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Midwest in the Far East-COB 3

 Squirrel Fish and Lady Gaga


Squirrel fish at Ningbo University
Fish heads: Squirrel fish, a delicacy in Ningbo, is deep-fried white
fish that is fashioned to look like a squirrel.

Ningbo - UW Oshkosh students spent eights days at Ningbo, where they were matched with Ningbo University students, who served as guides and translators. The pairing allowed students to exchange information about each other’s country and culture.

The Chinese students peppered their Western counterparts with questions like “Do you like the NBA?” and “What kind of movies do you watch?”

The Ningbo students, all English majors, were interested in learning about American culture. Their Gap-like clothing and love for American pop music gave the Chinese and American students something to bond over.

“Do you like Lady Gaga?” one Chinese student asked as she shielded her American partner from the sun with her umbrella during an outing. Chinese students are so gaga for Gaga that they have taken the old saying “Oh my gosh” and turned it in to “Oh, my Lady Gaga.”

Student Mitchell said spending time with her Chinese partner had made her more appreciative of her life in America, where the government does not dictate the number of children people may have nor whether one could pursue higher education. “My partner just loves America,” she said. “She wanted to go there so bad, any way possible.”

At the welcome dinner and presentation by the Ningbo University, the American students were introduced to their first fully traditional Chinese meal that included squirrel fish, a local delicacy, and shrimp that looked as if it had been caught immediately before the meal, complete with eyes, head and tail.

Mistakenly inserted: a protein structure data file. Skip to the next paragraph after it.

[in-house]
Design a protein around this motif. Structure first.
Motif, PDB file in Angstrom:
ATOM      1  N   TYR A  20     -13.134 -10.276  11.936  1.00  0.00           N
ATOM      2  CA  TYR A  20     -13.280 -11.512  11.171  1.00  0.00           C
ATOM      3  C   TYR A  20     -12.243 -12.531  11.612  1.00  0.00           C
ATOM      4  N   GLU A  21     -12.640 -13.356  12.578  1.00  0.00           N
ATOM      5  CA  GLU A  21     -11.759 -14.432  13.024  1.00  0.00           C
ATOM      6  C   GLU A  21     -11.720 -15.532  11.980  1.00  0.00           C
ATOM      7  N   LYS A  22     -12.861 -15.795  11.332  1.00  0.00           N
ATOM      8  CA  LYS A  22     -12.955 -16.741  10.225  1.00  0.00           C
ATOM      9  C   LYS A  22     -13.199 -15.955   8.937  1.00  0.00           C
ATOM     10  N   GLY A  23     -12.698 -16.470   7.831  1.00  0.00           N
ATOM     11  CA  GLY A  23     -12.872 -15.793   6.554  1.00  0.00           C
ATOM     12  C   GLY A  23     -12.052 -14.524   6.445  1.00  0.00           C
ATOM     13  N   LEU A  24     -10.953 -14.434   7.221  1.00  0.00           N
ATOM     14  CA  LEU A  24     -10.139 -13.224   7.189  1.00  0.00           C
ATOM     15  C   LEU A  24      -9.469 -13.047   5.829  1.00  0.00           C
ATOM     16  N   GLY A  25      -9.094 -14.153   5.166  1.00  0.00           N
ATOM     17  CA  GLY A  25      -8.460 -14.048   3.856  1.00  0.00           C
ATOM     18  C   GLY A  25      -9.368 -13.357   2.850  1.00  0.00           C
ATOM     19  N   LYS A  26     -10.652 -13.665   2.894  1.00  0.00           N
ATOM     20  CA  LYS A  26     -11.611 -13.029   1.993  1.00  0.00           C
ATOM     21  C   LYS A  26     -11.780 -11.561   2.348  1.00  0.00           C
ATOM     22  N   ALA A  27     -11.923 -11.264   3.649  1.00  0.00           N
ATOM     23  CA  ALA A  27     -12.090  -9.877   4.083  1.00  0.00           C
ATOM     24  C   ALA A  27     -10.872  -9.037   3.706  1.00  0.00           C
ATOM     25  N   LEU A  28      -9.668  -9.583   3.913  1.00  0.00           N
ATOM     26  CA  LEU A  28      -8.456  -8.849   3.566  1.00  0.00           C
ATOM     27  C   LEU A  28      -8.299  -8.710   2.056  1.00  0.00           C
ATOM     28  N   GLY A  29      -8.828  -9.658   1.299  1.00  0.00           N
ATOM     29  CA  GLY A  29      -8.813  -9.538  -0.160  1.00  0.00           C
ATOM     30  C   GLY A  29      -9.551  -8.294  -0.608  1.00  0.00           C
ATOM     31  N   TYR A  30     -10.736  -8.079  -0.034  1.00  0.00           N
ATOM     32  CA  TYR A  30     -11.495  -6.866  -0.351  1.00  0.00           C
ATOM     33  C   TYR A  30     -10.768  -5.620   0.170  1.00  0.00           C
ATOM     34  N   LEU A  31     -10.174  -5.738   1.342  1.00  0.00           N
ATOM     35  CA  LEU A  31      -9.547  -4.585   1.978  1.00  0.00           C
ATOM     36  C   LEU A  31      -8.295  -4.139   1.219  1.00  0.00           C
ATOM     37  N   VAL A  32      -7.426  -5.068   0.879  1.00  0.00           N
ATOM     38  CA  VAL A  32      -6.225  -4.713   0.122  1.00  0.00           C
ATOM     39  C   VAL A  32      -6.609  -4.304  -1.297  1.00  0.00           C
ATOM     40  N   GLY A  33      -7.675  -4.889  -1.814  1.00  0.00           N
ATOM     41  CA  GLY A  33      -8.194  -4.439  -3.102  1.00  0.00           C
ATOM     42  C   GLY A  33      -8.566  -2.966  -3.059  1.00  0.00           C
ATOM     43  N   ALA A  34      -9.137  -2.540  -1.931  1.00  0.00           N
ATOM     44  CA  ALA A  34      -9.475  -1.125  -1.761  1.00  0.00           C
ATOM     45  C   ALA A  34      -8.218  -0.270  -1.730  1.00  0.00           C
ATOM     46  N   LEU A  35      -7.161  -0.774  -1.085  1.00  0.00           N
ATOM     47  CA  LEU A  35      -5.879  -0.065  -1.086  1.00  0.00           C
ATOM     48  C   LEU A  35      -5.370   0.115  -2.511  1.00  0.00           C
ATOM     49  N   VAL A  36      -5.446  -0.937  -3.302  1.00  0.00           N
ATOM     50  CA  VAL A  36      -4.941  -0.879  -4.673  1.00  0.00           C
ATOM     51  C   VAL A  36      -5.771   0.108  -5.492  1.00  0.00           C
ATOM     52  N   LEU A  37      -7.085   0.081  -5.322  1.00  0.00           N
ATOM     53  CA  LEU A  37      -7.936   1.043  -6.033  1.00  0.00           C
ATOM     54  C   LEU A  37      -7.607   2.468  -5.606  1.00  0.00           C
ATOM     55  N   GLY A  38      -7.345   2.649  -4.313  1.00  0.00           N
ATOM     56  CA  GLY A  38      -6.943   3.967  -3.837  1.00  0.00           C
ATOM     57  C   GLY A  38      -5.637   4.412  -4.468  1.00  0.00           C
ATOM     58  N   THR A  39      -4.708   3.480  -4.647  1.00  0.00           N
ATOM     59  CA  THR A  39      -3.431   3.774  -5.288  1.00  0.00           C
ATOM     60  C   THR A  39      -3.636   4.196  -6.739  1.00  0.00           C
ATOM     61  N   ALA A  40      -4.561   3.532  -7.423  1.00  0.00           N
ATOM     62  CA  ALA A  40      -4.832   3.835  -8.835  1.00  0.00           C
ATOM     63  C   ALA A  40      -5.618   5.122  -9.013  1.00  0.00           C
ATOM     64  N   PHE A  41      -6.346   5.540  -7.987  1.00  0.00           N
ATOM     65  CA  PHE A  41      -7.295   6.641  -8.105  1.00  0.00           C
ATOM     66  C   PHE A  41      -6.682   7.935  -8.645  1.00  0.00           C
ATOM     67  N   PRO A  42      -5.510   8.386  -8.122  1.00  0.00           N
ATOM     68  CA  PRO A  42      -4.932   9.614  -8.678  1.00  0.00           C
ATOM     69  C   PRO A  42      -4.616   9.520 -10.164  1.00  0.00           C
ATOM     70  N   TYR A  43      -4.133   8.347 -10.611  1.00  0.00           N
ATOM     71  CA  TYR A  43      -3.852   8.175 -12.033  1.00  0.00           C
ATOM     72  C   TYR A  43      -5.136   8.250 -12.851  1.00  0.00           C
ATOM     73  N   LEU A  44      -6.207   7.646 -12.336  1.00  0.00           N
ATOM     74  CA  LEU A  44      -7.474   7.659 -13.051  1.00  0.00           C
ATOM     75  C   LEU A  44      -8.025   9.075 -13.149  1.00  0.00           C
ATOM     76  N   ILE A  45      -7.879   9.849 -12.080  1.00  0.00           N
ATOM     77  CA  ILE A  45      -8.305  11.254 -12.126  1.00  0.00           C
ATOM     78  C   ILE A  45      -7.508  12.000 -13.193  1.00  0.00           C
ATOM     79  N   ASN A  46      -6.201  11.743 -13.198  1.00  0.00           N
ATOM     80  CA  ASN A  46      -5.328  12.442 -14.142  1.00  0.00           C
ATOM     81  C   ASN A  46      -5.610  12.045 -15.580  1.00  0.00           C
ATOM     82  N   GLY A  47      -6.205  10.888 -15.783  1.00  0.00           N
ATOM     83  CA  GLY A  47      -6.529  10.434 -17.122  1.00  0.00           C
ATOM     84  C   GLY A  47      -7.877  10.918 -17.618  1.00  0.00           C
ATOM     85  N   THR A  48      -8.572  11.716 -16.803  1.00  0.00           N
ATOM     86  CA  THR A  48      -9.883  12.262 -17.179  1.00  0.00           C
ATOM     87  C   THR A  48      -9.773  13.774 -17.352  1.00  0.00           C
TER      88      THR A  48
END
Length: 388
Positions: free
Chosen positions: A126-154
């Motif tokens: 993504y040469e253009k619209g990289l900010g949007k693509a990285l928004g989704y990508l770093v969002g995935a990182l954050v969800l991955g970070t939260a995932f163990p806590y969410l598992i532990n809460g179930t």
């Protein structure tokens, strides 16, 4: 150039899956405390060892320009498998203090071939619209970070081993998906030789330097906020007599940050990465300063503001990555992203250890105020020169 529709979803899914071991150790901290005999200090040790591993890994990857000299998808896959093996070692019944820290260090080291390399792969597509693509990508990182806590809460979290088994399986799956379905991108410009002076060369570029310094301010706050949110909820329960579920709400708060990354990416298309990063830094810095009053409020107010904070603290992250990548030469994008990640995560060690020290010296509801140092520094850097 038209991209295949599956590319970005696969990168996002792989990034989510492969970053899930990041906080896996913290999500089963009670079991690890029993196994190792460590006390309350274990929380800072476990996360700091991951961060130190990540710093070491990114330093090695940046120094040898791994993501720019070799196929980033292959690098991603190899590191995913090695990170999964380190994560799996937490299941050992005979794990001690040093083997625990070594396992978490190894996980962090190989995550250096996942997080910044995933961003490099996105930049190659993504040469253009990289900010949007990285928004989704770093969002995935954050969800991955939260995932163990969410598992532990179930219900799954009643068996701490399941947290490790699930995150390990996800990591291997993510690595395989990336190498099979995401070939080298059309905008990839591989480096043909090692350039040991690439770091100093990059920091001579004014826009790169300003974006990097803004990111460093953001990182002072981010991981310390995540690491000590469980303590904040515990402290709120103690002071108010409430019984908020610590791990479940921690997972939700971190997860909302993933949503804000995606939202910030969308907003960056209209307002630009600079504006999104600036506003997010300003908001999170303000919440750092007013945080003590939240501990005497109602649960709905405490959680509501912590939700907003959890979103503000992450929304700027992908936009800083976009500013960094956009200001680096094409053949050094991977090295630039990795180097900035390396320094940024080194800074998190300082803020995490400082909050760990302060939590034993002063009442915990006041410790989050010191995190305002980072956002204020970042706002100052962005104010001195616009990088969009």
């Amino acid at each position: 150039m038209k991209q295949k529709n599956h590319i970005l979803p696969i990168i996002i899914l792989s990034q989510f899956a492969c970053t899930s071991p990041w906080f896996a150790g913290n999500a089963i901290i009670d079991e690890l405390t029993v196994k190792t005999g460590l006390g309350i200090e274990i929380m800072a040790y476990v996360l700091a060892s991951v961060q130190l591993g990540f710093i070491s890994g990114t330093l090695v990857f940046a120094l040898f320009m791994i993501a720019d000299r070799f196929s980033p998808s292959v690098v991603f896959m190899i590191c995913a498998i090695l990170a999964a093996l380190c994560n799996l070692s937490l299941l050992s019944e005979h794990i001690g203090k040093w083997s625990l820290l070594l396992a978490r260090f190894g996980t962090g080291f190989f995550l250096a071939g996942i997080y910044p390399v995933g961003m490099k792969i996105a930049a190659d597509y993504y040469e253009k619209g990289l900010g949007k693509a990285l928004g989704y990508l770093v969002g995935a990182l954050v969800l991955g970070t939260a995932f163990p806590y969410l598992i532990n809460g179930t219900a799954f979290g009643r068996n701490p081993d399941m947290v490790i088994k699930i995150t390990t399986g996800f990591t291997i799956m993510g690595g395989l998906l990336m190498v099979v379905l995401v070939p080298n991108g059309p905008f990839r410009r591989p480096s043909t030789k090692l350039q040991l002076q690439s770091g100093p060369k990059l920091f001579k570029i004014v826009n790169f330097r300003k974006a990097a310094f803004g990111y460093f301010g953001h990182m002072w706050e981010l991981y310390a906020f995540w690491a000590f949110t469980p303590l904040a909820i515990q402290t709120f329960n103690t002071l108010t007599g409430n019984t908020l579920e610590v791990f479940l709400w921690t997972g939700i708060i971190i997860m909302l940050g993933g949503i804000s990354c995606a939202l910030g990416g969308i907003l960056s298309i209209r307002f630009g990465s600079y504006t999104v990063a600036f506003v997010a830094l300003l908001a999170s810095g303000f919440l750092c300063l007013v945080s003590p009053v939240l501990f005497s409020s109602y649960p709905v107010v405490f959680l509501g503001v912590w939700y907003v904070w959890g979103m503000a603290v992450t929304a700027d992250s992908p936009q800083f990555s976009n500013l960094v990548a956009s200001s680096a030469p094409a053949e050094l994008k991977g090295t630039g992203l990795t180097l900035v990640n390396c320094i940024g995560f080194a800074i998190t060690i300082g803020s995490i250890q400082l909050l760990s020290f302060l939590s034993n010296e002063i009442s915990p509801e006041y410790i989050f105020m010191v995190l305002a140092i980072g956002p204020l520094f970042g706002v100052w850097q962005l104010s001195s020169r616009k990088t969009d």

Matt Smits, a supply chain and operations management major, was surprised to see that his food – from fish to fowl -- was looking right back at him. “The first time we sat down for dinner I realized that everything is looking at you and everything has a face,” he said. “You have to overcome that cultural difference. The food was awesome, very delicious.”

What’s Really in the Closet

Kari Mitchell in garment factory in China
UW Oshkosh business student Kari Mitchell on a tour of Youngor Garment
Co. in Ningbo, which makes products for retailers such as TJ Maxx.

- UW Oshkosh students and their Ningbo partners toured Youngor Garment Co., a clothing company that has more than 50,000 employees; 20,000 are overseas. Youngor Garment has $4.89 billion in profit from more than 100 different brands. There are more than 500 Youngor shops in China and 2,000 other retailers that carry their products worldwide.

Inside the product facilities, employees in different stations hunched over pieces of men’s dress shirts. One woman sewed an arm on to the shirt; another would attach the cuff and so on.

Graham, an accounting and SCOM major, said what he saw was very much in line with the working conditions of similar facilities in the U.S.

“It also allowed me to abandon some of my preconceived notions of Chinese workers,” he said. “Every worker had a workstation, with a sewing machine or iron and ironing board. The pace that they worked at was quite fast but also very skillful.”

For Graham, seeing the workers tag and package dress shirts allowed him to connect China to his life back in the U.S. “It especially hit home when I saw Ralph Lauren polos packaged and ready to go with a TJ Maxx price tag on it,” he said. 


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